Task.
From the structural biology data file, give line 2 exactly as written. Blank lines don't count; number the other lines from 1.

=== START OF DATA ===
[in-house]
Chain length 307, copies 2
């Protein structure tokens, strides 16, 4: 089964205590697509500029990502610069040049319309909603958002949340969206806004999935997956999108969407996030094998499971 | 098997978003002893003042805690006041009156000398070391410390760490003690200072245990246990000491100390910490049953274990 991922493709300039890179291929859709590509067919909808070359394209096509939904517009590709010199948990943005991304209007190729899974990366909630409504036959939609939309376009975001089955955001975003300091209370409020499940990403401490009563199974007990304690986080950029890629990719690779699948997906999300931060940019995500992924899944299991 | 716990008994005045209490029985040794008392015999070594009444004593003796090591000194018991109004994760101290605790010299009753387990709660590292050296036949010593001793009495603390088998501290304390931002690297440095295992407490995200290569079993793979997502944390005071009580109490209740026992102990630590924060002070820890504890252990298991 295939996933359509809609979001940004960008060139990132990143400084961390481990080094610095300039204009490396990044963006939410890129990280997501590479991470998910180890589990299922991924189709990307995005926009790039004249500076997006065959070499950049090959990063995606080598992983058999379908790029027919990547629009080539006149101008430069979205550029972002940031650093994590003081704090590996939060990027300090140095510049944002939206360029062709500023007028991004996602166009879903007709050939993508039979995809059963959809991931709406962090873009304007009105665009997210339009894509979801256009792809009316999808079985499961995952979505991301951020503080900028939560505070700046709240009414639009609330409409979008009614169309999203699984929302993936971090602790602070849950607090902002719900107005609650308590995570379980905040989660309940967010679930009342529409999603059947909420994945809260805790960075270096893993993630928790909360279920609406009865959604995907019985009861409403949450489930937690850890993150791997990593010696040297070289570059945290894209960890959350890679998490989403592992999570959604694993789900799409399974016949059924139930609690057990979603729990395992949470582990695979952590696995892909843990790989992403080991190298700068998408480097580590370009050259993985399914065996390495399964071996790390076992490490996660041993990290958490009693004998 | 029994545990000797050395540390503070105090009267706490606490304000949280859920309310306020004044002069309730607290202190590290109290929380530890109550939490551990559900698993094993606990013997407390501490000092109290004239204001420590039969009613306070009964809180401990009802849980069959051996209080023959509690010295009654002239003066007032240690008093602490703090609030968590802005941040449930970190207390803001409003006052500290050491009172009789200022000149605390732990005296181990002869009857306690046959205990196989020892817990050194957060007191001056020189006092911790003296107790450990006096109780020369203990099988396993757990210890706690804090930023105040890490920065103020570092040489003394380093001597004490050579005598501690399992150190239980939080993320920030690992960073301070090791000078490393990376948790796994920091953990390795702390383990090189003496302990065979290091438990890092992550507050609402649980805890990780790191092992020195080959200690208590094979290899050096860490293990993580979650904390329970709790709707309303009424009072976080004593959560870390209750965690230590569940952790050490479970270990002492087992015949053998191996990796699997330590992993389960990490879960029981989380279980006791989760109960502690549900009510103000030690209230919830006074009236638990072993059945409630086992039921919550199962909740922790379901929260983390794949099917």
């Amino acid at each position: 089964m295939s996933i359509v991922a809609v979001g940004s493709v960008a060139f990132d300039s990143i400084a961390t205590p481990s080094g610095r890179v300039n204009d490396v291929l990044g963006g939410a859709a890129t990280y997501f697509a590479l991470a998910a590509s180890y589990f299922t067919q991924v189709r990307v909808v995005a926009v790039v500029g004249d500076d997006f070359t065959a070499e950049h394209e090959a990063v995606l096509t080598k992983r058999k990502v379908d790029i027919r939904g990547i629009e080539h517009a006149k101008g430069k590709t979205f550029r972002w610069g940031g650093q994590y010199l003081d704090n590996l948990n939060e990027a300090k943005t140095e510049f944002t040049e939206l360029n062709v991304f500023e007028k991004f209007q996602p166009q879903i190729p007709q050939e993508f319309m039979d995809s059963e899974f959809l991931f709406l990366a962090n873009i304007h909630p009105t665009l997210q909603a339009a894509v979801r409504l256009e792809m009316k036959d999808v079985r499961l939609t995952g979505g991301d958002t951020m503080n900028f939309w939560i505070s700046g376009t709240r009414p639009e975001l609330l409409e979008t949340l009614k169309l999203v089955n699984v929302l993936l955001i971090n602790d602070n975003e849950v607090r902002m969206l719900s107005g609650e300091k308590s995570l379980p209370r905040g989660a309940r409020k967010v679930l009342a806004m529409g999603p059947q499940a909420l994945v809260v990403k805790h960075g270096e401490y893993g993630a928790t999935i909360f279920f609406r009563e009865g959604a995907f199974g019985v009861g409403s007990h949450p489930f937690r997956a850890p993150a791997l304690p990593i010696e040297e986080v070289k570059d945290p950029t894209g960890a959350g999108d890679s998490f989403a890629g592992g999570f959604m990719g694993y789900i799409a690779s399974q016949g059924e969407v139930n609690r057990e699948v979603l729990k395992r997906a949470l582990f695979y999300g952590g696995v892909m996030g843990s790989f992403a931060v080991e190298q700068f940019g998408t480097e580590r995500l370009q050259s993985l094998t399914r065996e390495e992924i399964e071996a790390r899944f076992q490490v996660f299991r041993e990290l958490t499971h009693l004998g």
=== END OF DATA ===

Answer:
Chain length 307, copies 2